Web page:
First of all, be sure to check the thermostat as per its manual. You will want continuity, and if not, then you should replace it with the correct part number from your user’s manual.

Yet another way to test your dryer’s heating element is by unplugging the device and disconnecting the two wires of your thermostat. To provide heat for the dryer, you’ll need to join these wires using electrical tape. Now that the thermostat has been bypassed turn the dryer back on. If it heats, you know for sure the thermostat is telling it not to heat up, and you need to replace it.

Kenmore Gas Dryer Not Heating

If you have a Kenmore Gas Dryer that’s not heating, this article will help you diagnose and fix the problem. It can be intimidating to troubleshoot your dryer when it is not heating up properly. There are many components in a dryer that can cause the machine to stop working correctly, so we’ll go through each one carefully before diagnosing what might be wrong with your Kenmore gas dryer.

Faulty Igniter

The igniter is a necessary component of the gas dryer. If it does not work, then there will be no heat, and you’ll have to spend your time on laundry hanging out in wet clothes instead of drying them off good! Luckily for us all, testing for continuity with an old-fashioned multimeter can tell if this important part needs replacing or just some new spark plugging up its works.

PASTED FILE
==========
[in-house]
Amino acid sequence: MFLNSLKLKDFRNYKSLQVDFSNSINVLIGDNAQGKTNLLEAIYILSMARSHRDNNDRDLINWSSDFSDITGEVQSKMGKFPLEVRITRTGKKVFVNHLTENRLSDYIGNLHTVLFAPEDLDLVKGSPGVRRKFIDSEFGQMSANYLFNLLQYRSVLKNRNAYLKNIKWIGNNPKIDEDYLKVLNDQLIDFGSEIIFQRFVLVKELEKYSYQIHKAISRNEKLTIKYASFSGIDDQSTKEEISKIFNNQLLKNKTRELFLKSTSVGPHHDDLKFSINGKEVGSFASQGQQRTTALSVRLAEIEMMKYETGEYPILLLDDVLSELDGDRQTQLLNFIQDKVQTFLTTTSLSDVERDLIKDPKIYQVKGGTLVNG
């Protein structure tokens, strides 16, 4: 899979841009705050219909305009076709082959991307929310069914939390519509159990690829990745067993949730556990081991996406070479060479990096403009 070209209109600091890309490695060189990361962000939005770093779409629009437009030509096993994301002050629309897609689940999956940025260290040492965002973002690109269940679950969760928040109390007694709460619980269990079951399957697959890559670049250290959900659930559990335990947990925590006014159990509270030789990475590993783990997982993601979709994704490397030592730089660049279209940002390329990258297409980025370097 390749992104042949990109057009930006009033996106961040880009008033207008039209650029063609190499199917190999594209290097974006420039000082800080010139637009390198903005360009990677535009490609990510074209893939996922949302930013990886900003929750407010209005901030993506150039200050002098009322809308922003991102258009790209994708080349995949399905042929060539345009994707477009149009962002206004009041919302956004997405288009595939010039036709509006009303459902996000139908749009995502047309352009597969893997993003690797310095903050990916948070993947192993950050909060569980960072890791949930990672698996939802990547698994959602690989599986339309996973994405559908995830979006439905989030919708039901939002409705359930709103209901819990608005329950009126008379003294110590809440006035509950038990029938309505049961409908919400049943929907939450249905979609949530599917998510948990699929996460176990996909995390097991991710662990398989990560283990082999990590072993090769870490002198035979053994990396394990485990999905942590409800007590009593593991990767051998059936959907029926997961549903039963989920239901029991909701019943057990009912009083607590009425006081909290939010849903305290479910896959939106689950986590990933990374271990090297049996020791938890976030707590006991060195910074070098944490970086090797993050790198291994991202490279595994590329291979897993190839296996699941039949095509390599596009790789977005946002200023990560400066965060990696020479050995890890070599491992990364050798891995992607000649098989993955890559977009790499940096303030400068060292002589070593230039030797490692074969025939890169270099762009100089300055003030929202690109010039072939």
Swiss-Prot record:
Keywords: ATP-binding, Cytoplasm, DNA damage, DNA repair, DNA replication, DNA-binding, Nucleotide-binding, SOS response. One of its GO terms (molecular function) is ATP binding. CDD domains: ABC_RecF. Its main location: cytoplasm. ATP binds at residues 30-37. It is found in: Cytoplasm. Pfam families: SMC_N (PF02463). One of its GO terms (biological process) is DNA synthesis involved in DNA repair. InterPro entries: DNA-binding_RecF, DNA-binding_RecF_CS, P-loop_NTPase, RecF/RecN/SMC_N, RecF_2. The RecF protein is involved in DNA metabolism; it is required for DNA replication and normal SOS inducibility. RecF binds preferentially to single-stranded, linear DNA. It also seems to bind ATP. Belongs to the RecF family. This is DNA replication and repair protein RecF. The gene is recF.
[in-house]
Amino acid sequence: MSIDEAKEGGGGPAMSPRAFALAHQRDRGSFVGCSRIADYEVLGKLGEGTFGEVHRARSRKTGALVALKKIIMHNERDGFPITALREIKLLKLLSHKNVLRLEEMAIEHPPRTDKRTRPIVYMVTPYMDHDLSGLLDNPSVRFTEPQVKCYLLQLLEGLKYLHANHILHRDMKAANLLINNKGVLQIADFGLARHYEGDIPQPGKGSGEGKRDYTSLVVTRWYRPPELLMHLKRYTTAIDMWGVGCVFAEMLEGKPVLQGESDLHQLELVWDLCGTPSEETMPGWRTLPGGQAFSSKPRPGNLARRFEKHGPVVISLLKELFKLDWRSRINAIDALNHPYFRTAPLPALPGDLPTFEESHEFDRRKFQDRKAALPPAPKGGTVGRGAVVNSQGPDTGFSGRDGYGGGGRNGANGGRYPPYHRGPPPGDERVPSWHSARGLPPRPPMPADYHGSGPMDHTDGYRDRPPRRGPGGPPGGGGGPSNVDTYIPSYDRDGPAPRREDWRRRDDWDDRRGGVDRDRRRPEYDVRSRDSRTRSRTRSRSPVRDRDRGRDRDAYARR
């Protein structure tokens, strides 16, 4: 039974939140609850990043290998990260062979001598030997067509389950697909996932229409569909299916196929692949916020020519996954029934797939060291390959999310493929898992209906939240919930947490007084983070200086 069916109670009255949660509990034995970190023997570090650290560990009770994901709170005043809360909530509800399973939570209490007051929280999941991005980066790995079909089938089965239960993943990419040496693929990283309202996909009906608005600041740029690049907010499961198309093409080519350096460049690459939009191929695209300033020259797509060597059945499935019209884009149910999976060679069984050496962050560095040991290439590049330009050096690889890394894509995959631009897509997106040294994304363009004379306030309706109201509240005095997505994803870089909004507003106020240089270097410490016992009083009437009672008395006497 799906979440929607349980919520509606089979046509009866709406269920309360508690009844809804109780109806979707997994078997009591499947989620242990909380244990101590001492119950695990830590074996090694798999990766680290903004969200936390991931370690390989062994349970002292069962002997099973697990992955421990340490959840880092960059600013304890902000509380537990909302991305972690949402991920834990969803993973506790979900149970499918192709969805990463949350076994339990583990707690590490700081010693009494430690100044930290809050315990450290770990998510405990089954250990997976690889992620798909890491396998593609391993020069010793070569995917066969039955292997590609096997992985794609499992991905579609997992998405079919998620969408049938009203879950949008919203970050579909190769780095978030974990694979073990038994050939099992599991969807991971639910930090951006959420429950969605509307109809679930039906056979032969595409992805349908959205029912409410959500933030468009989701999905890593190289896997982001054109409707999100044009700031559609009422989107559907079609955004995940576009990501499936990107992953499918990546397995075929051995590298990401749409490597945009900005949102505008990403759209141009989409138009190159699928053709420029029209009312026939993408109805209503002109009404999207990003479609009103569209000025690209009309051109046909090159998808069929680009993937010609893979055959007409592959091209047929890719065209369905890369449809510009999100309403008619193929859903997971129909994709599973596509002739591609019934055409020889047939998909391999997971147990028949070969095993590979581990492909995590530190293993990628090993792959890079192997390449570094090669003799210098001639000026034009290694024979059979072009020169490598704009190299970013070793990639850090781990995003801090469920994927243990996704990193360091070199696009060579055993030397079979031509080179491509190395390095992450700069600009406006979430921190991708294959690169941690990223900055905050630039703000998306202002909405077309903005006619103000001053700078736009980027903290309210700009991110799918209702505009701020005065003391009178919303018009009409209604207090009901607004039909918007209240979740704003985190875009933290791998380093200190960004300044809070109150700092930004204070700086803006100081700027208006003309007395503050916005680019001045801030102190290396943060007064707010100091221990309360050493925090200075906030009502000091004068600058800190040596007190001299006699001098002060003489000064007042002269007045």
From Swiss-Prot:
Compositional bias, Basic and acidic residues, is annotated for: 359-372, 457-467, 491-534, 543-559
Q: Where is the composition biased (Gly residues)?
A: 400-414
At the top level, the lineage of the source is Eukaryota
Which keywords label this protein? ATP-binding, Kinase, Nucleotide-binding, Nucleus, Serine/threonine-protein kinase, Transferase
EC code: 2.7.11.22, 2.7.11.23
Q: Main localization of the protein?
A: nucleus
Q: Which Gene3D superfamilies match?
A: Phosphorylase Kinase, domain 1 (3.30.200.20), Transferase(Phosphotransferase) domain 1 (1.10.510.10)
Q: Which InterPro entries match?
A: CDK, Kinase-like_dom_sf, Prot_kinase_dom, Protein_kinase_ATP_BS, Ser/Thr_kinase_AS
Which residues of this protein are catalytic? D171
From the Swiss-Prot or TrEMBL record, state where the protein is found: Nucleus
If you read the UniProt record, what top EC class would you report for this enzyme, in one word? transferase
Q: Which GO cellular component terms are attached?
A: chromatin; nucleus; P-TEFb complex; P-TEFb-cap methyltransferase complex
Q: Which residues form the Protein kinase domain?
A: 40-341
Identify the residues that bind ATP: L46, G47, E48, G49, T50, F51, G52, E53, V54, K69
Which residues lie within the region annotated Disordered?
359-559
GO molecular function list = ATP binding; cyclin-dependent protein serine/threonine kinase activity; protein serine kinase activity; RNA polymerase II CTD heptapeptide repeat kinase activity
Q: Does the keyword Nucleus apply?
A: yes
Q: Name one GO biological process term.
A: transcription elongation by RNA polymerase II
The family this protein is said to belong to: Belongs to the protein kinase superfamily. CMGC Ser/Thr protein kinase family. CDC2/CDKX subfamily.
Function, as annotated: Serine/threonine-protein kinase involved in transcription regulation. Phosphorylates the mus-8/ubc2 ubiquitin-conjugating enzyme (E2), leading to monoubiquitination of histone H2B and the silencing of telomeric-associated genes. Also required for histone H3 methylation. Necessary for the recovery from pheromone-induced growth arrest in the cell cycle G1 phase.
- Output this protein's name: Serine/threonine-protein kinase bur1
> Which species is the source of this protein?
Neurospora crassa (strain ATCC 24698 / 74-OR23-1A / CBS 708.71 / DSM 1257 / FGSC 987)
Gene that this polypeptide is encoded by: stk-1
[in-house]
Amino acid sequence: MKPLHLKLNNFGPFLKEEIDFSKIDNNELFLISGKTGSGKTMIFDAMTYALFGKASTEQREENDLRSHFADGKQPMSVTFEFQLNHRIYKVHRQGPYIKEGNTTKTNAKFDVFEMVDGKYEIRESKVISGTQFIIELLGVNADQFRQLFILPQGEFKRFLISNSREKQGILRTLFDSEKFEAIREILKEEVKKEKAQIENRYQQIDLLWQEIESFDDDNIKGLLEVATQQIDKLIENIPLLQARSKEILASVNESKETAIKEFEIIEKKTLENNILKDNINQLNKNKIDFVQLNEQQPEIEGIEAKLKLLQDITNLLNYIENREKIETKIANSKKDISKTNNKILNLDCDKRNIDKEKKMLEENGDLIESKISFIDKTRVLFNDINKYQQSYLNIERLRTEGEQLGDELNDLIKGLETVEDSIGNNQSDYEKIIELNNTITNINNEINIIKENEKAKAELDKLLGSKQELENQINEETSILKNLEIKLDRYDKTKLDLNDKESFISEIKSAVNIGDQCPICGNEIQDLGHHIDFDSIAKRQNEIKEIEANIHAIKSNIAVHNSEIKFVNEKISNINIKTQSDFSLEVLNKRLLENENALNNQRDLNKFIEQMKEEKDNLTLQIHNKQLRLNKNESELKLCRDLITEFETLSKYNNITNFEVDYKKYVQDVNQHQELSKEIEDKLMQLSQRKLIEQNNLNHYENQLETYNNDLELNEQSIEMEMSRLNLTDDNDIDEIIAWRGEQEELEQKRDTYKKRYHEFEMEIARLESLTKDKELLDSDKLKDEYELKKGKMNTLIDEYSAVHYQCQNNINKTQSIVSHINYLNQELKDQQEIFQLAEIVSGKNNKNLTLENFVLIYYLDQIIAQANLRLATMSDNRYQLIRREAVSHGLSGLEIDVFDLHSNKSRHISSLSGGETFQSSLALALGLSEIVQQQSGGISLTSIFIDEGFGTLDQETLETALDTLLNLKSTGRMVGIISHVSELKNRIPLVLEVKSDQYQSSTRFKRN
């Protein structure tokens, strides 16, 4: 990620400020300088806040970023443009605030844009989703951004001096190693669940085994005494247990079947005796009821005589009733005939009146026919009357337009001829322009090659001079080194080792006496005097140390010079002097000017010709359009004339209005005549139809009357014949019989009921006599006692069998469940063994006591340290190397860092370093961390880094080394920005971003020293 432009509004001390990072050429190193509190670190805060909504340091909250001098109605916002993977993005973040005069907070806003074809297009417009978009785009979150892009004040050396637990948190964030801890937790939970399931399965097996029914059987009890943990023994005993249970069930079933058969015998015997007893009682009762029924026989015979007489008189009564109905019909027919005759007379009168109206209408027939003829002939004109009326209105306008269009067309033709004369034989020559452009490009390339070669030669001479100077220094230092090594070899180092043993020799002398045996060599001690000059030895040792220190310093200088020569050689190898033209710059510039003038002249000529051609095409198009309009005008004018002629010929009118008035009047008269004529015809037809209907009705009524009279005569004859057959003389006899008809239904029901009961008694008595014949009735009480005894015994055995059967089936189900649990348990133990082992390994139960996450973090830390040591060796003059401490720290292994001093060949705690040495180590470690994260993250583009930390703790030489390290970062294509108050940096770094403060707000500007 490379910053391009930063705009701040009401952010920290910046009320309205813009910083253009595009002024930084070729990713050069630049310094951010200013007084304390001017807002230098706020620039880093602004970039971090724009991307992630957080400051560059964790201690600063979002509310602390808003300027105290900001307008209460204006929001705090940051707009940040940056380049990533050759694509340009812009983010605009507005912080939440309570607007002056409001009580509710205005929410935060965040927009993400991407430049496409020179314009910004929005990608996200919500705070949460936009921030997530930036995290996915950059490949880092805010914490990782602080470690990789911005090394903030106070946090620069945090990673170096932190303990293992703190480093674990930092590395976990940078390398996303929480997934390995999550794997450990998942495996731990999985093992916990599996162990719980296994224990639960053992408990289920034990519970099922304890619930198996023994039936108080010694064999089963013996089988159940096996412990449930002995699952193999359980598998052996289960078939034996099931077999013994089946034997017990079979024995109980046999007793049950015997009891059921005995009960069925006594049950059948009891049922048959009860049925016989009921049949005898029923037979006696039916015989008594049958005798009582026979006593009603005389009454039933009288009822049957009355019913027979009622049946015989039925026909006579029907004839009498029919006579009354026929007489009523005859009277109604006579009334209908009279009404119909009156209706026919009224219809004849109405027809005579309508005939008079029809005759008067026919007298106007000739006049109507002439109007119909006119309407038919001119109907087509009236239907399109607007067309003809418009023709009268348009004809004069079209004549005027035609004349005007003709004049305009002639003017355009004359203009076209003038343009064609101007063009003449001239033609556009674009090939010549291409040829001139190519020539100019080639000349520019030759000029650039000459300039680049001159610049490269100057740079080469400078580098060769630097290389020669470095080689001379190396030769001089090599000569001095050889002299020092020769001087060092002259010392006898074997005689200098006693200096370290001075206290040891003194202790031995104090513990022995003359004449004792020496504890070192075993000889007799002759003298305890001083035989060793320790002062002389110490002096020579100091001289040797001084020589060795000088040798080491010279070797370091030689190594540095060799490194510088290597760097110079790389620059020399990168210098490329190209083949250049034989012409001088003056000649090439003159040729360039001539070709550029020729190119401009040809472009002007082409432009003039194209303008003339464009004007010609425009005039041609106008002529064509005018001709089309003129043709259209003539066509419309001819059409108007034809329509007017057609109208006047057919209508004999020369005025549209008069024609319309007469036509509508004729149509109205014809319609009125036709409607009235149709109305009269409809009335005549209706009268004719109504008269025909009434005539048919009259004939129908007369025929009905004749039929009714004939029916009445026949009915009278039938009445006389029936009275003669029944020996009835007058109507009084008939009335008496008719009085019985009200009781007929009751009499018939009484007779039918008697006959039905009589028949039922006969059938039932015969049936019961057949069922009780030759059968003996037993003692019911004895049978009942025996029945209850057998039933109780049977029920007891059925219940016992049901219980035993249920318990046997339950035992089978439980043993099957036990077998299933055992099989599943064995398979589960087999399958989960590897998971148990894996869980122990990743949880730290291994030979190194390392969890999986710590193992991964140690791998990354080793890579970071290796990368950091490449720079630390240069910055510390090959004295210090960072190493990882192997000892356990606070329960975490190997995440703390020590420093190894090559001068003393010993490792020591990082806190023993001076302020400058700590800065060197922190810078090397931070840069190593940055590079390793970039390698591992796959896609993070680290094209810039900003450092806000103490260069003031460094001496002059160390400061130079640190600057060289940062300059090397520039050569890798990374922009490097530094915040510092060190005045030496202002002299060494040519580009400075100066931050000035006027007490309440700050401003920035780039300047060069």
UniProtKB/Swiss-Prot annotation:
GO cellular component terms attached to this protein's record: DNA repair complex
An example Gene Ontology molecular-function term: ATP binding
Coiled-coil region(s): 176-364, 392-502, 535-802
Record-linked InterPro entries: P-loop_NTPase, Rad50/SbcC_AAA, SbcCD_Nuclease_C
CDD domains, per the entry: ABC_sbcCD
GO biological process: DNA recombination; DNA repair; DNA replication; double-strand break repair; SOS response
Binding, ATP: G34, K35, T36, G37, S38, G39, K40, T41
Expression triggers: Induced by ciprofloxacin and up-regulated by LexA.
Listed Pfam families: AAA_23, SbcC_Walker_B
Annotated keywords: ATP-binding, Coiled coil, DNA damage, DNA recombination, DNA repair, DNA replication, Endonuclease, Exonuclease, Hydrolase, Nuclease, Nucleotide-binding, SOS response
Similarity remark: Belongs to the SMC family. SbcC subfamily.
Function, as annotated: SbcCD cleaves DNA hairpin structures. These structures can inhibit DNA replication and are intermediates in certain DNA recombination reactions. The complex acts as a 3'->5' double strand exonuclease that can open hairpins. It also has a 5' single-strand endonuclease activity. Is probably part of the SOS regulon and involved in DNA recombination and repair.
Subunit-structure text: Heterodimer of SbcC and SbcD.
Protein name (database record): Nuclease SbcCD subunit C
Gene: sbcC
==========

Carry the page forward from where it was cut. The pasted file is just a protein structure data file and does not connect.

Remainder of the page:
Flame Sensor is Not Working

On gas dryers, a flame sensor detects the heat from the flame. If the sensor goes out, the dryer won’t work. If your Kenmore dryer isn’t heating, don’t assume the flame sensor is defective. First, check to see if the igniter and thermal fuse are bad. If you’ve ruled out those causes, test the flame sensor for continuity at room temperature with a multimeter. If there’s no continuity present, replace it.

Faulty Gas Valve Solenoid

A gas valve solenoid controls the flow of natural gas to the burner. If it shorts out, your Kenmore dryer won’t heat up and will need replacing. With this part in good working condition, you’ll get a nice hot flame. Continuity can be tested by placing one lead on each terminal while pressing down firmly with a screwdriver or other probe until resistance is felt – then release pressure. The reading should show an open circuit; if not, replace it!

If you are experiencing this problem, please comment below and let me know what the issue is. I will do my best to diagnose your Kenmore dryer problems based on the comments I receive from readers of this blog post. Thank you for reading!